How do I establish a sense of safety in my own body surrounding sex?



Trauma doesn't get smaller, the container gets bigger. Your “container” is your skills for understanding triggers, processing trauma (“making sense” of what happened), and integrating coping strategies. (note: for many folks, it is important for this to be explored with a therapist or health professional). Psychoeducation or learning about how trauma affects you is the first step. Finding a health care provider who can help you identify triggers, track hyper-arousal/hypo-arousal states, implement self-regulation and grounding techniques, as well as combat shame may be a good place to start!


Establishing safety in your own body surrounding sexuality can look many different ways. Depending on where you are at in your healing journey, gentle self-touch is one way to get reacquainted to your body. You can use guided self-touch exercises to create body awareness. Mindful masturbation is also a wonderful way to learn more about your body and sexual desires. For many trauma survivors, shame is one of the largest pieces to the puzzle. Processing shame with sexual health professionals can be a powerful experience in your journey. Most importantly, consider your own sexual scripts. Does your definition of sex need to be broadened to be inclusive of new ways to have pleasurable experiences?



How do I establish a sense of safety with partner/s?


Establishing safety with partners starts with cultivating safety in ourselves. Once we have done some self-exploration of our triggers, body awareness, and desires, we can begin to communicate this with partners. This may come in the form of discussions surrounding consent, setting boundaries, and constructing a plan for aftercare. While self-touch exercises are a way to re-connect with your own body, co-regulation is the process of connecting with a partner. Co-regulation happens verbally (expressing empathy) and non-verbally (safe touch). Essentially, co-regulation is your nervous system meeting my nervous system or the interaction between our nervous systems. This is NOT the process of relying on someone else to regulate you, but instead a connection with another.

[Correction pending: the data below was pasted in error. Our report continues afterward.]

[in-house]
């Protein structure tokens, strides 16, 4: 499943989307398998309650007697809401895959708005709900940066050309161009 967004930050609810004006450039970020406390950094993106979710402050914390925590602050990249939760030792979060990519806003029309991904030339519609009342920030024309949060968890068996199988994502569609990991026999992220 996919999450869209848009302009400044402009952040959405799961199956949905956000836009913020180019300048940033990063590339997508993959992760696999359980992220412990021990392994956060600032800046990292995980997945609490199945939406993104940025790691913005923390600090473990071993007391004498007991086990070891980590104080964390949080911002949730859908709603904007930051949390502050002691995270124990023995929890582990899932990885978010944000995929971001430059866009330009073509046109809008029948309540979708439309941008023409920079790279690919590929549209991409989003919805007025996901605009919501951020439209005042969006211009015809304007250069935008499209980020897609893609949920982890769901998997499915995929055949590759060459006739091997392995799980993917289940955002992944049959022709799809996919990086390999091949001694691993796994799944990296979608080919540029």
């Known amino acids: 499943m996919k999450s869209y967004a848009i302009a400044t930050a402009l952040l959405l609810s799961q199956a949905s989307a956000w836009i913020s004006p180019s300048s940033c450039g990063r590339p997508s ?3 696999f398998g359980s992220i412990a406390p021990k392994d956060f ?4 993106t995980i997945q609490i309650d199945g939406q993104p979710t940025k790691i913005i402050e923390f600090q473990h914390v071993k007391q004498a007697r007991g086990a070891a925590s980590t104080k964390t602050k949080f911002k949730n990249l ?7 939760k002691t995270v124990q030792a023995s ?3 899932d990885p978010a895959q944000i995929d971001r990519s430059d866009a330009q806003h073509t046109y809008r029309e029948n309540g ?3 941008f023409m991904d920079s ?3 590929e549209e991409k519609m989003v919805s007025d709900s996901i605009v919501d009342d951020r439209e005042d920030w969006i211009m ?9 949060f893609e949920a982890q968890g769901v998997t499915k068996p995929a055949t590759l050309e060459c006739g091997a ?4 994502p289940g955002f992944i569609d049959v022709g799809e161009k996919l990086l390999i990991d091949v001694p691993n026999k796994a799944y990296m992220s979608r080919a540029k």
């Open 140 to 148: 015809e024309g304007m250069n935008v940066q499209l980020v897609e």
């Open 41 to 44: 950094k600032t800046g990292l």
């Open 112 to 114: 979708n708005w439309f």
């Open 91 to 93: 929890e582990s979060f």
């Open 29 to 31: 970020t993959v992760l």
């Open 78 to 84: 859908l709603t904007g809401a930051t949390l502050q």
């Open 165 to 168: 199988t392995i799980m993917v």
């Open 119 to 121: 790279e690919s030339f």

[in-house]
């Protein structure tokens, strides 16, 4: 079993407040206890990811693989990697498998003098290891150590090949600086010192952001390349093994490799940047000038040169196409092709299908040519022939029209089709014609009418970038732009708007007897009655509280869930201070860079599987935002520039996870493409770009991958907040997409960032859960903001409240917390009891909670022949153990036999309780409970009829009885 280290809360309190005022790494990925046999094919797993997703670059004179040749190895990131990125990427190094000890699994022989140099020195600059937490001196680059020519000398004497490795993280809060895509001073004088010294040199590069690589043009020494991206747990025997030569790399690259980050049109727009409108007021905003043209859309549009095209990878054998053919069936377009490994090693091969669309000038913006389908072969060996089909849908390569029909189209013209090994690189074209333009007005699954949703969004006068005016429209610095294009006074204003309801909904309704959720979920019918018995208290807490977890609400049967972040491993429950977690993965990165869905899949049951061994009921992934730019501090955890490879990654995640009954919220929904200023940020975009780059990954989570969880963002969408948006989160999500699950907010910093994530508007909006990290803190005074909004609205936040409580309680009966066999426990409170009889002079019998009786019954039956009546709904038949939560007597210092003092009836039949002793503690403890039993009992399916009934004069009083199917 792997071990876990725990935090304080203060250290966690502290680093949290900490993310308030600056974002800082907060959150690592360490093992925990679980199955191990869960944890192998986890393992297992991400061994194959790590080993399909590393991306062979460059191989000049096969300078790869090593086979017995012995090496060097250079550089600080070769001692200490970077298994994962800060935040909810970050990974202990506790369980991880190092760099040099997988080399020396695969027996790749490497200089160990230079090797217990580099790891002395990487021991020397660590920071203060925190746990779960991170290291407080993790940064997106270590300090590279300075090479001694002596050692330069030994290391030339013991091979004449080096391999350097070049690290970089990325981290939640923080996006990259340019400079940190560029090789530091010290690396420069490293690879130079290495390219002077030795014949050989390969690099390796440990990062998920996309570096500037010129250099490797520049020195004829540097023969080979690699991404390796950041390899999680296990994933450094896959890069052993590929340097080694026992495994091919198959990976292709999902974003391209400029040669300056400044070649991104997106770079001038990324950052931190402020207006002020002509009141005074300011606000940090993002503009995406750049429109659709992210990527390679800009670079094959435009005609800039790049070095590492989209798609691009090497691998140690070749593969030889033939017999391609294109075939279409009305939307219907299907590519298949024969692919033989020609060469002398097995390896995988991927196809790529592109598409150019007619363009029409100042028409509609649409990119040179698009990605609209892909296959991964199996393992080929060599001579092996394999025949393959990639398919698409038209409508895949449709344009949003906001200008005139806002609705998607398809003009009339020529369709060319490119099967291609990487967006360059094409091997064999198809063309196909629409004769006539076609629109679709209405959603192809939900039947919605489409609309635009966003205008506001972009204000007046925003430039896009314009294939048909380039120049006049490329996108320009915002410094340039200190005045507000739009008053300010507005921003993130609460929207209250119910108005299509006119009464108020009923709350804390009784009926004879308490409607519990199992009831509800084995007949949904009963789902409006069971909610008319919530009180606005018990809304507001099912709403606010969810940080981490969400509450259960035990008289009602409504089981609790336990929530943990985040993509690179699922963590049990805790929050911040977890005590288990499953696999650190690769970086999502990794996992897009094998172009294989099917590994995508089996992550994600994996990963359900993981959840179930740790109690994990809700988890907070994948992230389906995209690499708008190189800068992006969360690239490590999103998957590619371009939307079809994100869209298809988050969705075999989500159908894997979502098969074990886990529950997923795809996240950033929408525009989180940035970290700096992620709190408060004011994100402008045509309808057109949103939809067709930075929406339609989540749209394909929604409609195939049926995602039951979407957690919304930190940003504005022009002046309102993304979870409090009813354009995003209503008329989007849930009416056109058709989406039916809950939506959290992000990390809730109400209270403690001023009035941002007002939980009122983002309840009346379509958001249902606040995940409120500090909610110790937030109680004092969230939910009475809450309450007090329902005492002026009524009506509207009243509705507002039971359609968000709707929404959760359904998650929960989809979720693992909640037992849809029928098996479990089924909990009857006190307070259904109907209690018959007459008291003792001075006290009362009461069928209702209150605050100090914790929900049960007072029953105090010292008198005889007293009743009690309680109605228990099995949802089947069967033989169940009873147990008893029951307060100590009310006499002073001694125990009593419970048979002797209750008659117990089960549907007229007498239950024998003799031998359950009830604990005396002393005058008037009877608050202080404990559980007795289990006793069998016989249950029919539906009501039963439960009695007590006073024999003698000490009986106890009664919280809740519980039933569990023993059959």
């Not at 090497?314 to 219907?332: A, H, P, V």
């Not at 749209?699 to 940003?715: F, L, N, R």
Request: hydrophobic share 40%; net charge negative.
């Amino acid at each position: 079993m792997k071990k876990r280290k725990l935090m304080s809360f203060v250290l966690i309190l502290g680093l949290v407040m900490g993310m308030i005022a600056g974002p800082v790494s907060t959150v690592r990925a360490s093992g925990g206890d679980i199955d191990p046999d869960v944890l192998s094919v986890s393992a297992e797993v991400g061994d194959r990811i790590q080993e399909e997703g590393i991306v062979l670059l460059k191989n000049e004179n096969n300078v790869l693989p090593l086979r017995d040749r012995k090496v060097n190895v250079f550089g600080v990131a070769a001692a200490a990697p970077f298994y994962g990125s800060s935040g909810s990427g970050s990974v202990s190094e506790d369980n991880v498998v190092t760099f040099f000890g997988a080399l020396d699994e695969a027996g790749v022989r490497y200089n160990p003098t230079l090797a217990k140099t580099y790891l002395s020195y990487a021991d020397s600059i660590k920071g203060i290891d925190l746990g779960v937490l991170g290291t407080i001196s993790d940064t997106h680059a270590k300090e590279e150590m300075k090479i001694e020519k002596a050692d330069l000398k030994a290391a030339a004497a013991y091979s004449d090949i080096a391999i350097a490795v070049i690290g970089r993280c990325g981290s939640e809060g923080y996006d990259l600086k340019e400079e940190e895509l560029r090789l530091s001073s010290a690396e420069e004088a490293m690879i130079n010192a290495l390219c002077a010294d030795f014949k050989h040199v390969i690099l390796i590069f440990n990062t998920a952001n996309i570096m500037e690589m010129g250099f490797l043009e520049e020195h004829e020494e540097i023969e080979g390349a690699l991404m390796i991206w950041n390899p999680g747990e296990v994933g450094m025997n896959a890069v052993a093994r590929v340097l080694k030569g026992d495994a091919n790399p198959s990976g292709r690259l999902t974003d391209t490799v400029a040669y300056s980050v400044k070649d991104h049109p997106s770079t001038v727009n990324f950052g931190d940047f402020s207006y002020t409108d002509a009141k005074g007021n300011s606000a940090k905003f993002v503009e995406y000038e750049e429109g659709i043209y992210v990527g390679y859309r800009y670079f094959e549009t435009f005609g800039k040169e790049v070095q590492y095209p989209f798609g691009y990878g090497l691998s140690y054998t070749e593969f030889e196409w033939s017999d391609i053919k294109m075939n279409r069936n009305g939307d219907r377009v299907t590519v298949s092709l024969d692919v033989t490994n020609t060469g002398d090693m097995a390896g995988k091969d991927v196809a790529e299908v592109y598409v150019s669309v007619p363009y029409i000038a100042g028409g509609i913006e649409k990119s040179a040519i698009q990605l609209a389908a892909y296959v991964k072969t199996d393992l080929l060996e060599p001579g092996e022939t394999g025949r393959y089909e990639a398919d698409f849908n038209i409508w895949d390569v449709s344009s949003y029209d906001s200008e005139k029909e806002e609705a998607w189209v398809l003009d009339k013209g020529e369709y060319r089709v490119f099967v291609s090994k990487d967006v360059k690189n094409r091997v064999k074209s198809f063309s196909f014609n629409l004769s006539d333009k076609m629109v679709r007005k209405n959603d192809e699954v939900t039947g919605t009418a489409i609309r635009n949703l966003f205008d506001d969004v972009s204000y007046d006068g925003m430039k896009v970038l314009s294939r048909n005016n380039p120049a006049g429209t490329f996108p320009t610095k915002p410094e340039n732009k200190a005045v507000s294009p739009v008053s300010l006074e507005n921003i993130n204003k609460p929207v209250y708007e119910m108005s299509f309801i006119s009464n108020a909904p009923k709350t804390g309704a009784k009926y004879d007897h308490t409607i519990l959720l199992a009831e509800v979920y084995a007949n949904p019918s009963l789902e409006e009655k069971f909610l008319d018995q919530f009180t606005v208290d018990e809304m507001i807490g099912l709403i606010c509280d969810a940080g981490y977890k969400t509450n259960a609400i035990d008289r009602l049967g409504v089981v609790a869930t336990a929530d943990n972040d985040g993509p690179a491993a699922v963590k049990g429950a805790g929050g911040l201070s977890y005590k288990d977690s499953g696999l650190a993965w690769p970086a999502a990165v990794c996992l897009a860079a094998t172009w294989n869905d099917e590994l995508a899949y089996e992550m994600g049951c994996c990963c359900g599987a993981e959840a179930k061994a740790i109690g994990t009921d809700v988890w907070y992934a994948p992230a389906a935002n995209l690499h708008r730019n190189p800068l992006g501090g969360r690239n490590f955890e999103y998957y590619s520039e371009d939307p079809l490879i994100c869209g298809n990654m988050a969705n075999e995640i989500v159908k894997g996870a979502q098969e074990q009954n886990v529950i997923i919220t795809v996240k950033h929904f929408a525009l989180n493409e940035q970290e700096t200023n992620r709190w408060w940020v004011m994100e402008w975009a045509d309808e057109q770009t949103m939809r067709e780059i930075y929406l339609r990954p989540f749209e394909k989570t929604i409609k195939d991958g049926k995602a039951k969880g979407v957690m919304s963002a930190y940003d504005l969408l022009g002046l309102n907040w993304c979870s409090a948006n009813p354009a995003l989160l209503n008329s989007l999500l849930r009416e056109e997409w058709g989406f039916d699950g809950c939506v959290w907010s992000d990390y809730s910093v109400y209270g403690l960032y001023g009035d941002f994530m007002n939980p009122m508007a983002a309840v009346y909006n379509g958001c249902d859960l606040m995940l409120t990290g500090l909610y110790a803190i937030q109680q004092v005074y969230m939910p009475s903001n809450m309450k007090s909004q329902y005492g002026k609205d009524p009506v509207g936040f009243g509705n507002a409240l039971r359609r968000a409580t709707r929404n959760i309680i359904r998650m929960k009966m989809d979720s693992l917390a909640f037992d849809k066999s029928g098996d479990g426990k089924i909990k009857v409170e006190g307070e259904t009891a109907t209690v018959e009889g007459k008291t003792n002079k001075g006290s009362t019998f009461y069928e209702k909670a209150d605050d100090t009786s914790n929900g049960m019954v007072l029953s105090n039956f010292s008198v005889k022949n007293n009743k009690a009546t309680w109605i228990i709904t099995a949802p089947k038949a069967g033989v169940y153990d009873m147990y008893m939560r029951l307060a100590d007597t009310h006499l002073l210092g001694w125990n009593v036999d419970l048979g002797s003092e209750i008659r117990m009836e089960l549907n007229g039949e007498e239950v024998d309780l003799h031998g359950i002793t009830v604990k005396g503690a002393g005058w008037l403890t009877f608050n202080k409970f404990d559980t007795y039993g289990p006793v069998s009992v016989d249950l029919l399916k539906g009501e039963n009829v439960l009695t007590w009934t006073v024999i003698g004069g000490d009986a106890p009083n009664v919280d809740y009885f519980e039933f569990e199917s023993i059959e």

To learn more about co-regulation, check out this video: https://www.youtube.com/watch?v=hrzFxgWpfzQ


What types of therapy should I seek out?

Therapy may be a good fit for folks who are looking to process trauma further. A therapist may be able to help guide you through integrating mind and body experiences. Some therapies that are particularly helpful for trauma are EMDR, somatic experiencing, sensori-motor psychotherapy, Internal family systems. A sexual health professional also might be a good fit for folks looking to explore further how their trauma history may impact sexuality.

It might feel like a big step to further explore your trauma history, it can be a vulnerable experience to begin this process. However, for many folks it can ultimately be healing to gain more education on how trauma affects them, and how to gain tools to cope.


What did y'all think about this collaboration? As usual, let us know! We love hearing from you!